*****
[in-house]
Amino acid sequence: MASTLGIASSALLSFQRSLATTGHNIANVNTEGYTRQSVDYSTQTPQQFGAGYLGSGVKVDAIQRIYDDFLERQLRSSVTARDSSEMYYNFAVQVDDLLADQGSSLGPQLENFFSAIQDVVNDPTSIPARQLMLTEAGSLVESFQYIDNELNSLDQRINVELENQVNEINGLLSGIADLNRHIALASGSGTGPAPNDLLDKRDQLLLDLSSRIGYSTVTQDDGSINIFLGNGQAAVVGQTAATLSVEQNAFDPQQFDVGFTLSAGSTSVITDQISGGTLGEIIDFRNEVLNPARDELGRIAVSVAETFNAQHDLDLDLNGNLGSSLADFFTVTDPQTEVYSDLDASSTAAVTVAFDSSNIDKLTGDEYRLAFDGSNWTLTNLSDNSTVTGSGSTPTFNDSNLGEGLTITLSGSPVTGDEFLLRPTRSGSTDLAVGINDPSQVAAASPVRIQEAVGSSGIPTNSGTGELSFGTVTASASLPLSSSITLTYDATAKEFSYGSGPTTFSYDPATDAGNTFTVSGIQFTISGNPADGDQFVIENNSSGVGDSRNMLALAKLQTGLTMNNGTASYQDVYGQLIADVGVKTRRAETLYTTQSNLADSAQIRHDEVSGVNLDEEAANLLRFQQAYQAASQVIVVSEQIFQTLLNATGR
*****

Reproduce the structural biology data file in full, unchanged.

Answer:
[in-house]
Amino acid sequence: MASTLGIASSALLSFQRSLATTGHNIANVNTEGYTRQSVDYSTQTPQQFGAGYLGSGVKVDAIQRIYDDFLERQLRSSVTARDSSEMYYNFAVQVDDLLADQGSSLGPQLENFFSAIQDVVNDPTSIPARQLMLTEAGSLVESFQYIDNELNSLDQRINVELENQVNEINGLLSGIADLNRHIALASGSGTGPAPNDLLDKRDQLLLDLSSRIGYSTVTQDDGSINIFLGNGQAAVVGQTAATLSVEQNAFDPQQFDVGFTLSAGSTSVITDQISGGTLGEIIDFRNEVLNPARDELGRIAVSVAETFNAQHDLDLDLNGNLGSSLADFFTVTDPQTEVYSDLDASSTAAVTVAFDSSNIDKLTGDEYRLAFDGSNWTLTNLSDNSTVTGSGSTPTFNDSNLGEGLTITLSGSPVTGDEFLLRPTRSGSTDLAVGINDPSQVAAASPVRIQEAVGSSGIPTNSGTGELSFGTVTASASLPLSSSITLTYDATAKEFSYGSGPTTFSYDPATDAGNTFTVSGIQFTISGNPADGDQFVIENNSSGVGDSRNMLALAKLQTGLTMNNGTASYQDVYGQLIADVGVKTRRAETLYTTQSNLADSAQIRHDEVSGVNLDEEAANLLRFQQAYQAASQVIVVSEQIFQTLLNATGR